Dorgan stuns Senate, announces retirement

DORGAN STUNS SENATE, ANNOUNCES RETIREMENT…. As you may have heard, there were quite a few election-related developments overnight. Let’s start with the biggest, and arguably most consequential, surprise.

North Dakota Democratic Sen. Byron Dorgan will not run for re-election later this year, creating a major pickup opportunity for Republicans.

“After a lot of thought I have made the very difficult decision that I will not be seeking reelection in 2010,” Dorgan wrote in a memo to staff distributed this afternoon. “This decision is not a reflection of any dissatisfaction with my work in the Senate, nor is it connected to a potential election contest next fall (frankly, I believe if I were to run for another term I would be reelected).”

Dorgan was facing a potentially serious re-election race against Gov. John Hoeven (R) in November. He was first elected to the Senate in 1992 and, despite the clear GOP lean of the state, hadn’t faced a serious re-election challenge since then.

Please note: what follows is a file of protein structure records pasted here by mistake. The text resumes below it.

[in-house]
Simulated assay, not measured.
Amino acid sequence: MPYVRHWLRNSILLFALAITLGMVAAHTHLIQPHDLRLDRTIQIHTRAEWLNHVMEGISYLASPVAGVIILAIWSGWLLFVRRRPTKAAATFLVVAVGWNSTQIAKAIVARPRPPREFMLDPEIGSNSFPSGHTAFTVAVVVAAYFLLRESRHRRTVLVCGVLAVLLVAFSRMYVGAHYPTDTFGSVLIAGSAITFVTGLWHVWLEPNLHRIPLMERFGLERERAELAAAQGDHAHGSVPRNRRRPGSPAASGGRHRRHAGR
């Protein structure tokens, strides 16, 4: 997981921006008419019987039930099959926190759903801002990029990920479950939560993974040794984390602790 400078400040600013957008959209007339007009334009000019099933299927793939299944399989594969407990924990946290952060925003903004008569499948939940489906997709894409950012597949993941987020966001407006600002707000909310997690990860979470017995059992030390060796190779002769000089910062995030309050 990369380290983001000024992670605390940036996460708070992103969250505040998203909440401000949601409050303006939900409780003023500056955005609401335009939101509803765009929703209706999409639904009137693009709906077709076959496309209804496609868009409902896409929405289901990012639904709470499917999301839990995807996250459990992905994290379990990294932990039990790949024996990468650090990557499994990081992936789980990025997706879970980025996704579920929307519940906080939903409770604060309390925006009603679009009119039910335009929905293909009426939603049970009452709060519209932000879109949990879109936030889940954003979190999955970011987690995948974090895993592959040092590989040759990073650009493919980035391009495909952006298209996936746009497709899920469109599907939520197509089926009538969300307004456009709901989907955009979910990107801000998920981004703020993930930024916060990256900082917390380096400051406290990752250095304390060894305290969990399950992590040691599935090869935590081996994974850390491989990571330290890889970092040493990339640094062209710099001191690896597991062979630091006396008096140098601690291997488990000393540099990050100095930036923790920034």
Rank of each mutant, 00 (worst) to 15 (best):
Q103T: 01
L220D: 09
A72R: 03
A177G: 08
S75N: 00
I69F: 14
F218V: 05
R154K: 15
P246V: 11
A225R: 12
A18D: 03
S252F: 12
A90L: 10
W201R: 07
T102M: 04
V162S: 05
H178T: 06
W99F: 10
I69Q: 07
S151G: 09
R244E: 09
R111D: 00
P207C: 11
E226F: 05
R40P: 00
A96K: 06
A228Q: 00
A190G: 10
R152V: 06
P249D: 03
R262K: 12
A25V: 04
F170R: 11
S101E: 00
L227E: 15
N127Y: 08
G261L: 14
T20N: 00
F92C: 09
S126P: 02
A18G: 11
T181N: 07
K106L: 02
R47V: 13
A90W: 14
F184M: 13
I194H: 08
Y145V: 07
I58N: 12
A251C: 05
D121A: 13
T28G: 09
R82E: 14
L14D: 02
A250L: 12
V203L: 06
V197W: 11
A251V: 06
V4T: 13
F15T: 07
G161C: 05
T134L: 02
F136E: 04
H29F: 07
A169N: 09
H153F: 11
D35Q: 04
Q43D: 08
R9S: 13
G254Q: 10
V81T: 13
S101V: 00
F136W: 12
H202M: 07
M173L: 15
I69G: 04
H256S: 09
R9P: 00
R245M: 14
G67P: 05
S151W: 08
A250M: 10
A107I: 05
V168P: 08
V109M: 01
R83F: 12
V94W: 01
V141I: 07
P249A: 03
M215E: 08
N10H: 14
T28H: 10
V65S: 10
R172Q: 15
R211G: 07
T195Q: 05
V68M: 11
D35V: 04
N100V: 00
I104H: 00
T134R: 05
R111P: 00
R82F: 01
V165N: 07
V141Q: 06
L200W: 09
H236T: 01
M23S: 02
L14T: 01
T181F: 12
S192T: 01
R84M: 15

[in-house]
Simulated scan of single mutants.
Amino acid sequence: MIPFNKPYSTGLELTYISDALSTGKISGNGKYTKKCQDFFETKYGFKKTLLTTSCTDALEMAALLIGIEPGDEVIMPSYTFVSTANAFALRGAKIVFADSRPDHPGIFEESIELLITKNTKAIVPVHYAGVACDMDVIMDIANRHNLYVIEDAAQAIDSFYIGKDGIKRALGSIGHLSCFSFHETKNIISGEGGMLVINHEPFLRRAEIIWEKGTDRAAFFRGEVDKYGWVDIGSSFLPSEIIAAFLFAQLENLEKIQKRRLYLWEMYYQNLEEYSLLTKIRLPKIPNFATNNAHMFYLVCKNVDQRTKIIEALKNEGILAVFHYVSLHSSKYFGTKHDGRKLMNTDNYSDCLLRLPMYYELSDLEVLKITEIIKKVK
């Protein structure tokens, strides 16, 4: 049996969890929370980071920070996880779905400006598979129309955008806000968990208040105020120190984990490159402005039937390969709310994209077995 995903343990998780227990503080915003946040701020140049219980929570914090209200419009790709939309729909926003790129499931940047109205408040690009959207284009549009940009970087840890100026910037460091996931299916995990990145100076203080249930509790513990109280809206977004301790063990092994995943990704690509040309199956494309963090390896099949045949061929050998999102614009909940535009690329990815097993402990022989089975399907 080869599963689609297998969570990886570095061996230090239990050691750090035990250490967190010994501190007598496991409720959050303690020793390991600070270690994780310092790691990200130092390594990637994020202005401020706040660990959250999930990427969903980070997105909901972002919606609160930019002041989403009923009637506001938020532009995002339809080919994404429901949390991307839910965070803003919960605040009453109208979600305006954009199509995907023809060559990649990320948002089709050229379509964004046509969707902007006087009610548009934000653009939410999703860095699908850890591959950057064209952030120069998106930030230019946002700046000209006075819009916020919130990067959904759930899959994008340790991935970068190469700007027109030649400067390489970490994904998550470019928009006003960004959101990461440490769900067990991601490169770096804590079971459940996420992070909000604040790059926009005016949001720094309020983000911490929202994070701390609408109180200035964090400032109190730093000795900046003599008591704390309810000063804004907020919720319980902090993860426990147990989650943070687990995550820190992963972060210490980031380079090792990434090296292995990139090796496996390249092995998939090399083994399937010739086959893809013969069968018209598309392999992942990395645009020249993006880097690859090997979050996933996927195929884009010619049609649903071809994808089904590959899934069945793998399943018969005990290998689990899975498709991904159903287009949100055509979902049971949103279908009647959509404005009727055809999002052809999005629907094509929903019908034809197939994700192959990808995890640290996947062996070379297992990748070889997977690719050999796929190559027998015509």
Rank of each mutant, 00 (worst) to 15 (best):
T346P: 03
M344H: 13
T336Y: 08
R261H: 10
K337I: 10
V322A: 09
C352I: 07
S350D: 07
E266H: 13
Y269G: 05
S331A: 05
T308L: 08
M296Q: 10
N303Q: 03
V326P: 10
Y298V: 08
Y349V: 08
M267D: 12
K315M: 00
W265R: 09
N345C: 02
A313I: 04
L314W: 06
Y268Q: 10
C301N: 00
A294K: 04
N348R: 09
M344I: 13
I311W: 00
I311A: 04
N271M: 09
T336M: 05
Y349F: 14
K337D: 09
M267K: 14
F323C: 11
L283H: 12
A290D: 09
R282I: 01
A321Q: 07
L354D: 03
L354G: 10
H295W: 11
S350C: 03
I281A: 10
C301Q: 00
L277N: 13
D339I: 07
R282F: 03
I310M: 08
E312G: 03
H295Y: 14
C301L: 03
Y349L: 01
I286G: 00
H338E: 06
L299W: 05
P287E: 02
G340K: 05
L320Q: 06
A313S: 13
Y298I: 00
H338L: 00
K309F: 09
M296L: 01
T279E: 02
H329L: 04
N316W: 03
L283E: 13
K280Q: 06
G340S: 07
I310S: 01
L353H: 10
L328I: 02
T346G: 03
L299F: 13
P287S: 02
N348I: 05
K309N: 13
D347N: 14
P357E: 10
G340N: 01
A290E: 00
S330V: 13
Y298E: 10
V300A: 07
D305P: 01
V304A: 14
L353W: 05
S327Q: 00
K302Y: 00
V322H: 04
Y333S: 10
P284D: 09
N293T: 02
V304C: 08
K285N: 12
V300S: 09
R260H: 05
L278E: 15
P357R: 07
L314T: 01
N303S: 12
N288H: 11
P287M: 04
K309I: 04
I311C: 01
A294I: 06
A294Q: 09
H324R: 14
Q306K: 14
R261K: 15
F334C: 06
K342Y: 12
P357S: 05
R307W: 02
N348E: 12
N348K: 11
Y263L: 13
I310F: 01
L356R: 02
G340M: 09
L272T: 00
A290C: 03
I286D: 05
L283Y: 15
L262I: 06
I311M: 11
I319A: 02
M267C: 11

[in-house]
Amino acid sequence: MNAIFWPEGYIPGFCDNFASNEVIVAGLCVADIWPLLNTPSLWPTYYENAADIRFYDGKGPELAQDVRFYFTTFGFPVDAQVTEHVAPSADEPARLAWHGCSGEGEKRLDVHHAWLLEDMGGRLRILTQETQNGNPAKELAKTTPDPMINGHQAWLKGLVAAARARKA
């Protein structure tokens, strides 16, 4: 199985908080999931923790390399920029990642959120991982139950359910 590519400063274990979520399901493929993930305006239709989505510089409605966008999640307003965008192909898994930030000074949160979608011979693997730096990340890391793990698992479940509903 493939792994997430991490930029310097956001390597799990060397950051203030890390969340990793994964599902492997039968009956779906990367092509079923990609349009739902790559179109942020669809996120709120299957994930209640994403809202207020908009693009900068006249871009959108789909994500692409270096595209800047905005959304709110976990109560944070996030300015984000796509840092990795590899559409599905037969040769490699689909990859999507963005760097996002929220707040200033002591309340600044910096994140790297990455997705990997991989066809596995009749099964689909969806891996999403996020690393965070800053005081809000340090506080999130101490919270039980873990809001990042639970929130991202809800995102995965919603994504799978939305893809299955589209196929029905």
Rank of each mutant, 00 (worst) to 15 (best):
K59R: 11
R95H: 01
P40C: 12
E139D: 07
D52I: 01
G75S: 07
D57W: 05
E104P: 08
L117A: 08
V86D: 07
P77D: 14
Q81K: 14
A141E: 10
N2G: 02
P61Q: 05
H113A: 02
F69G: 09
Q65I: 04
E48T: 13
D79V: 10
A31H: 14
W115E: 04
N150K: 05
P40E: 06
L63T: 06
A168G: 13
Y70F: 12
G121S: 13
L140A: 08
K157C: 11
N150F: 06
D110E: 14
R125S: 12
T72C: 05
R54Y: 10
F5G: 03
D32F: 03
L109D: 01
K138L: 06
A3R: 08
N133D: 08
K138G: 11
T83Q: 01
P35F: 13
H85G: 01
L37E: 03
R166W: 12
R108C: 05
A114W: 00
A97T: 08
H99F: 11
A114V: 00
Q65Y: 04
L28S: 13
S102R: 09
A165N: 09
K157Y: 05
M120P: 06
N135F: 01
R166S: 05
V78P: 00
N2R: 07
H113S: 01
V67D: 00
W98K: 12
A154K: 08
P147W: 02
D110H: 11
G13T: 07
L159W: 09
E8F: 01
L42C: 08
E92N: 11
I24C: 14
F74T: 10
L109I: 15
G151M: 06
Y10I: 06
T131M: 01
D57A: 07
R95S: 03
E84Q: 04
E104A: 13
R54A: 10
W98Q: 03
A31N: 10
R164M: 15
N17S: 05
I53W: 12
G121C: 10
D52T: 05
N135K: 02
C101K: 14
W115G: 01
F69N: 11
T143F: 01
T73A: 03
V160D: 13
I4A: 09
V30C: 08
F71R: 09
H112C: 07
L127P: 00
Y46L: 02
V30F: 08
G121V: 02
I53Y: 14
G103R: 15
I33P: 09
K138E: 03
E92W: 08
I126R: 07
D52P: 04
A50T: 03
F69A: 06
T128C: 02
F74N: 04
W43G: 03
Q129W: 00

No one saw this coming, and there’d been no rumors about Dorgan even considering retirement. Indeed, while Hoeven’s interest sparked some murmuring, the incumbent senator was, before yesterday, positioned to possibly run unopposed.

Dorgan’s departure creates a very strong pick-up opportunity for Republicans. Among Democrats, the most appealing candidate would likely be Rep. Earl Pomeroy, North Dakota’s at-large representative, who has not yet signaled his intentions. In the meantime, Hoeven, a popular three-term governor, is reportedly preparing to run for the now-open Senate seat, and would be heavily favored to win, no matter who his opponent might be.

Regardless, Dorgan will leave an impressive legacy after 18 years in the Senate, serving as something of a populist champion and hero of the middle class throughout his career. In fact, we here at the Monthly have grown especially fond of Dorgan over the years — just two years into his first term, he wrote an important cover story for us on financial deregulation and the dangers of derivatives. He was right, but his prescient warnings were largely ignored, and we’re still paying the price. What’s more in October, Dorgan appeared at an event co-sponsored by the Monthly to discuss the renewed efforts at re-regulation.

The Senate won’t be the same, and won’t be as strong, without him.